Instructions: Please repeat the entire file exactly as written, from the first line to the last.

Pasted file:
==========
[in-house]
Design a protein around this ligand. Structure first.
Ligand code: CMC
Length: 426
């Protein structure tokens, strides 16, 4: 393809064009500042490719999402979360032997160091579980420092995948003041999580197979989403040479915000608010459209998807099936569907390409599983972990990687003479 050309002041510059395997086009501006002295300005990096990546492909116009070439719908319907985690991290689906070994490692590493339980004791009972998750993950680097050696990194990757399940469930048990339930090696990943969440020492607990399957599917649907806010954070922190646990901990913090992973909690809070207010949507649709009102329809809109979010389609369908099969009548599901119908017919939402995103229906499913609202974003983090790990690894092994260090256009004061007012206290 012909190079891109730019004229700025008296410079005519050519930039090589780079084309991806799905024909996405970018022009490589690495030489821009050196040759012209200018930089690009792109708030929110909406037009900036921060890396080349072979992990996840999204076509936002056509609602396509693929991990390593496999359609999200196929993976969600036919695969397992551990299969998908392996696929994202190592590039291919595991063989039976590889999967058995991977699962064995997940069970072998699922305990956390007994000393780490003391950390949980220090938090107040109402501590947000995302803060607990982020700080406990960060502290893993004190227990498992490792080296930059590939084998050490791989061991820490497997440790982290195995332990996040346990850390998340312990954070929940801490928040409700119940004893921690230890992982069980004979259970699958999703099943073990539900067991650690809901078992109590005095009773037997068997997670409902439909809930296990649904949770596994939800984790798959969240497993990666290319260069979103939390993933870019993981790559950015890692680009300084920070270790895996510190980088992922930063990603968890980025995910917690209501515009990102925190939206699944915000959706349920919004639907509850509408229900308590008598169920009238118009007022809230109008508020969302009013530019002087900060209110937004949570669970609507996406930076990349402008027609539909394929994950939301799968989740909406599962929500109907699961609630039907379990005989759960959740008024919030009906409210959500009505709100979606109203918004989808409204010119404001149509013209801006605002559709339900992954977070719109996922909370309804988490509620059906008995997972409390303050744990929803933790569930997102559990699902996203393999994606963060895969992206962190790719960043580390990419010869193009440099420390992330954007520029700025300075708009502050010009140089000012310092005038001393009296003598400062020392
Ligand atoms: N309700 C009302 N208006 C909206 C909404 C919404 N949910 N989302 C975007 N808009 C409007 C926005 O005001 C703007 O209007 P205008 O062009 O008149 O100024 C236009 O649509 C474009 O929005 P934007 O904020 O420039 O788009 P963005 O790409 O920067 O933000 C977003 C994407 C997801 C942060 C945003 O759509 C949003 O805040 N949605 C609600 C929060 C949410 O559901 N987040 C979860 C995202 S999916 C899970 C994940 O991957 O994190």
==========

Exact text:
[in-house]
Design a protein around this ligand. Structure first.
Ligand code: CMC
Length: 426
């Protein structure tokens, strides 16, 4: 393809064009500042490719999402979360032997160091579980420092995948003041999580197979989403040479915000608010459209998807099936569907390409599983972990990687003479 050309002041510059395997086009501006002295300005990096990546492909116009070439719908319907985690991290689906070994490692590493339980004791009972998750993950680097050696990194990757399940469930048990339930090696990943969440020492607990399957599917649907806010954070922190646990901990913090992973909690809070207010949507649709009102329809809109979010389609369908099969009548599901119908017919939402995103229906499913609202974003983090790990690894092994260090256009004061007012206290 012909190079891109730019004229700025008296410079005519050519930039090589780079084309991806799905024909996405970018022009490589690495030489821009050196040759012209200018930089690009792109708030929110909406037009900036921060890396080349072979992990996840999204076509936002056509609602396509693929991990390593496999359609999200196929993976969600036919695969397992551990299969998908392996696929994202190592590039291919595991063989039976590889999967058995991977699962064995997940069970072998699922305990956390007994000393780490003391950390949980220090938090107040109402501590947000995302803060607990982020700080406990960060502290893993004190227990498992490792080296930059590939084998050490791989061991820490497997440790982290195995332990996040346990850390998340312990954070929940801490928040409700119940004893921690230890992982069980004979259970699958999703099943073990539900067991650690809901078992109590005095009773037997068997997670409902439909809930296990649904949770596994939800984790798959969240497993990666290319260069979103939390993933870019993981790559950015890692680009300084920070270790895996510190980088992922930063990603968890980025995910917690209501515009990102925190939206699944915000959706349920919004639907509850509408229900308590008598169920009238118009007022809230109008508020969302009013530019002087900060209110937004949570669970609507996406930076990349402008027609539909394929994950939301799968989740909406599962929500109907699961609630039907379990005989759960959740008024919030009906409210959500009505709100979606109203918004989808409204010119404001149509013209801006605002559709339900992954977070719109996922909370309804988490509620059906008995997972409390303050744990929803933790569930997102559990699902996203393999994606963060895969992206962190790719960043580390990419010869193009440099420390992330954007520029700025300075708009502050010009140089000012310092005038001393009296003598400062020392
Ligand atoms: N309700 C009302 N208006 C909206 C909404 C919404 N949910 N989302 C975007 N808009 C409007 C926005 O005001 C703007 O209007 P205008 O062009 O008149 O100024 C236009 O649509 C474009 O929005 P934007 O904020 O420039 O788009 P963005 O790409 O920067 O933000 C977003 C994407 C997801 C942060 C945003 O759509 C949003 O805040 N949605 C609600 C929060 C949410 O559901 N987040 C979860 C995202 S999916 C899970 C994940 O991957 O994190």